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BLOG: CNK Celebrates World One Health Day

BLOG: CNK Celebrates World One Health Day

A special message to One Health Student Clubs from Dr. Carolyn Henry, Associate Dean, University of Missouri College of Veterinary Medicine & Canines-N-Kids Board Member:

On November 3rd, “One Health Day,” we have an extraordinary opportunity to bring together individuals and groups from around the world - academic, corporate & non-profit, students and established professionals- to collaborate across disciplines and solve some of today’s critical global health challenges – including pediatric and canine cancer.

Cancer is the #1 cause of disease-related death in children in most developed countries- every 2 minutes a child somewhere in the world is diagnosed with cancer. At least 1 in 5 will die from their disease, while the vast majority of survivors will suffer significant long term effects or even secondary cancers from their treatments.

Nearly half of all of the millions of pet dogs diagnosed with cancer will die from cancer - their outlook is no better.

There is little movement or money behind new (or better) treatments for either of these vulnerable groups. Yet in an ironic, but not surprising twist of fate, we are finding canine tumors share important similarities with kids’ cancers ((bone cancer, brain cancer, lymphoma and leukemia), including biology, genetics, recurrence, and metastasis, and that man's best friend might actually help us solve the puzzle through comparative oncology.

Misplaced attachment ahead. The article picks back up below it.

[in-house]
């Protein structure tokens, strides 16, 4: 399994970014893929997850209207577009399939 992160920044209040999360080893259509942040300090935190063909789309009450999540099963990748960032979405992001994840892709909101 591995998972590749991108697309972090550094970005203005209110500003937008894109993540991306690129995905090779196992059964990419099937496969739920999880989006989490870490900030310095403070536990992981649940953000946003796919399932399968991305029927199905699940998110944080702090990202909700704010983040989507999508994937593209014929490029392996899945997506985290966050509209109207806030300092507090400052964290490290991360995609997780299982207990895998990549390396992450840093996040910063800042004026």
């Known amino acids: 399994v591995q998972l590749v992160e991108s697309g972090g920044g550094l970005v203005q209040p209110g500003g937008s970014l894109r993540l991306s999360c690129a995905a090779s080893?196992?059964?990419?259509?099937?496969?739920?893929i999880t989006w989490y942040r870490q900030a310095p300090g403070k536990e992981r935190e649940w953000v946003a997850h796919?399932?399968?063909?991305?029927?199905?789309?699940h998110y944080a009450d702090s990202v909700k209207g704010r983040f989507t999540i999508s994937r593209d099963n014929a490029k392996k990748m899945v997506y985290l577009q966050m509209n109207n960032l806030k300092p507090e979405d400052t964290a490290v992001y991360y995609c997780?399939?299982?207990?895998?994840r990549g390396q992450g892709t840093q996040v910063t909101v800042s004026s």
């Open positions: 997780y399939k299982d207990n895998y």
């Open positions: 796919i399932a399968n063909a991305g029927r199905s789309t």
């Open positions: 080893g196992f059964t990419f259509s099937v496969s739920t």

I am working with a terrific project that embodies the One Health concept in every way - the Canines-N-Kids Foundation – to bring together critical collaborations across veterinary and pediatric medicine, genomics and immunology, and to fund promising, humane clinical trials to treat canine cancer patients, and that can speed up translation and the onset of clinical trials for kids battling these same cancers.

I invite the student One Health community to join us. Help us raise awareness of, and funds for the tremendous, shared unmet need in pediatric and canine cancer and the promise of comparative oncology to put an end to this devastating disease!

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